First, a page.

I certainly was never taught to identify or address these issues in chiropractic college, merely to 'prescribe' a Foot Leveler insert and all would be dandy (especially my pocketbook).

    These changes in gait I now understand to are attributed to overloading of my lateral column and creating pressure between my third and fourth toes due to an apropulsive gait pattern. I also had heel pain, Haglund's deformity and Hallux pain as the day wore on.

    This was all brought on by wearing a Foot Leveler insert and persisted after being prescribed several OTC and custom orthoses. Later I began experimenting with plaster casting in STJ neutral and an optical system, ScanAny and found a whole different world at my disposal. I also discovered an intense interest in functional orthoses that led to me taking the pedorthic course and dispensing at a much more higher level.

    Of course now that I know a little I realize how little that I really know!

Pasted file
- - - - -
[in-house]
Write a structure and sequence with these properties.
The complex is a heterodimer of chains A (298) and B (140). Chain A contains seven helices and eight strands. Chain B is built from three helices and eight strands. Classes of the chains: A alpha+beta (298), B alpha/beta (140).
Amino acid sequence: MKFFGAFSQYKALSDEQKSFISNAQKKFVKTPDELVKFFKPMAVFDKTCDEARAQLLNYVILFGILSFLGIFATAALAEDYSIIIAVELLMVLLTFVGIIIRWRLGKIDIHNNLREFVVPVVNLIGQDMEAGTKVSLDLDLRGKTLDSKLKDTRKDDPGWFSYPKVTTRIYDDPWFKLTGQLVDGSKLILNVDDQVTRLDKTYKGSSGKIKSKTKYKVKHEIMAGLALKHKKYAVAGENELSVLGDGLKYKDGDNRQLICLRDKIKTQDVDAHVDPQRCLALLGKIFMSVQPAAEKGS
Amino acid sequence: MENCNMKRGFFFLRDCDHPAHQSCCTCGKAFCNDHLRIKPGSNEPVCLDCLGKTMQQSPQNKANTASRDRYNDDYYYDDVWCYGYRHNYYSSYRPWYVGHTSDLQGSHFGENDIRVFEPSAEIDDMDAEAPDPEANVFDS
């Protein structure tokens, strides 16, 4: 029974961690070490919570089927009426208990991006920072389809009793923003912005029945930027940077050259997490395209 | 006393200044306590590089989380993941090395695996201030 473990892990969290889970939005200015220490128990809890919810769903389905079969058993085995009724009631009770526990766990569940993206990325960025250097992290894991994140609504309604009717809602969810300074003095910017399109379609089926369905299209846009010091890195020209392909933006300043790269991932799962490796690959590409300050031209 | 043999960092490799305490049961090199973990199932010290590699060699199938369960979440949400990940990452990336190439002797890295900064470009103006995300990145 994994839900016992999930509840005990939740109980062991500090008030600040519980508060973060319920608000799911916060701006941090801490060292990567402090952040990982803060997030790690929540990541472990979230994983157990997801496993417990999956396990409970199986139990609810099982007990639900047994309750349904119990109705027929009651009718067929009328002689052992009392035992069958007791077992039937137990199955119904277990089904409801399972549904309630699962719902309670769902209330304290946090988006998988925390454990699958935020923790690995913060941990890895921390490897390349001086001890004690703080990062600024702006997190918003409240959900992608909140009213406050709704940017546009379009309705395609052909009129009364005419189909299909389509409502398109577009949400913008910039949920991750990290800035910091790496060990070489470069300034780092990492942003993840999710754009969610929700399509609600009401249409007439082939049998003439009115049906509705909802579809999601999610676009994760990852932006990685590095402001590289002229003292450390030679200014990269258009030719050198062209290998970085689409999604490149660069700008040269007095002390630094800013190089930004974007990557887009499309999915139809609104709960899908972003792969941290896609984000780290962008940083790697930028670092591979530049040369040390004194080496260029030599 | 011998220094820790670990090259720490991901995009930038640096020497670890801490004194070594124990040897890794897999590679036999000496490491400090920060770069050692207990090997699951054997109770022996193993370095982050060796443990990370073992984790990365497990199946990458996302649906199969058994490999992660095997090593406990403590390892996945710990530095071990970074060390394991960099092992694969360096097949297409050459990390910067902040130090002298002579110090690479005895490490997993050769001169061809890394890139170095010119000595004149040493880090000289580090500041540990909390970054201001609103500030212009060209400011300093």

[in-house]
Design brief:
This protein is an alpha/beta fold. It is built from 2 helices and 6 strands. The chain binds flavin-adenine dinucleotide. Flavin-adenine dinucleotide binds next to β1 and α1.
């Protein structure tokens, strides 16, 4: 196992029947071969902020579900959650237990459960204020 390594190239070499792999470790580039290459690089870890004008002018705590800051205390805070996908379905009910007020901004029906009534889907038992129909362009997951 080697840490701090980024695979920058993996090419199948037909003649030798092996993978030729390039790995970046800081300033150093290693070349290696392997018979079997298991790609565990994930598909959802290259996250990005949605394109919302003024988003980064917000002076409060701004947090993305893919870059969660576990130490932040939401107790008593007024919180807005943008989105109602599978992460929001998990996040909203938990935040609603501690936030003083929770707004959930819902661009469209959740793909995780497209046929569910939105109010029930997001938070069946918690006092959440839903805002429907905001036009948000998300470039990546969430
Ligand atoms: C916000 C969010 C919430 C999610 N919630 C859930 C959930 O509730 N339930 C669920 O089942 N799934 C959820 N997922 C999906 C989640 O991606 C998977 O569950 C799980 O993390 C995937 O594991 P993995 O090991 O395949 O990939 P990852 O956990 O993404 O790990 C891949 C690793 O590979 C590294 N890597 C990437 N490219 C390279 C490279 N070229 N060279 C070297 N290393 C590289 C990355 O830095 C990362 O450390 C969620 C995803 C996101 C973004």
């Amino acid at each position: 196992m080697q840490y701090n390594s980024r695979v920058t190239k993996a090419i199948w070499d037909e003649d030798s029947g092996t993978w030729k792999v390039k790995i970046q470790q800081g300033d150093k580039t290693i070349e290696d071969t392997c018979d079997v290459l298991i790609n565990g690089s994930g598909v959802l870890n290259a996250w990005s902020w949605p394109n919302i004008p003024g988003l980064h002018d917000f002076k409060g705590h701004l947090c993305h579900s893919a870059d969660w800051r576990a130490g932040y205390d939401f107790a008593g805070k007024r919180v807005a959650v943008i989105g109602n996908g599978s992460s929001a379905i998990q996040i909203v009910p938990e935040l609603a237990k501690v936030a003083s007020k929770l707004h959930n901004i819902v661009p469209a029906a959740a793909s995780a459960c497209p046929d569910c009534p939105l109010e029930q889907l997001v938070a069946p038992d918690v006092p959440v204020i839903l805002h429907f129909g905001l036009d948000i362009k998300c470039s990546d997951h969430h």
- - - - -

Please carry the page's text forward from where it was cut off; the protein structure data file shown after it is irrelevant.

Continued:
The bottom line is that I now wear a rigid device suitable for my flexible foot, casted partially corrected to remove the varus (created by mild muscular involvement), a neutral deep heel cup and first ray accommodations bilaterally. No more pain. I even run in them without a problem.

    I know this is a lengthy response but I am hopeful that my colleagues who may be reading this will think outside of the chiropractic box and realize that the feet, their biomechanics and treatment is a highly complex subject and there is no one-size-fits-all paradigm or manufacturer that works in every case.

    Many of these companies rely on marketing that is bereft of researched, peer-reviewed and reproducible studies that confirm their assertions. Simply providing the same material to every patient, filling the medial arch and relying on these myopic paradigms to treat every foot problem is not science nor is it progress. It is also somewhat unethical, but I digress...

    Last edited: May 9, 2008
  7. admin

    admin Administrator Staff Member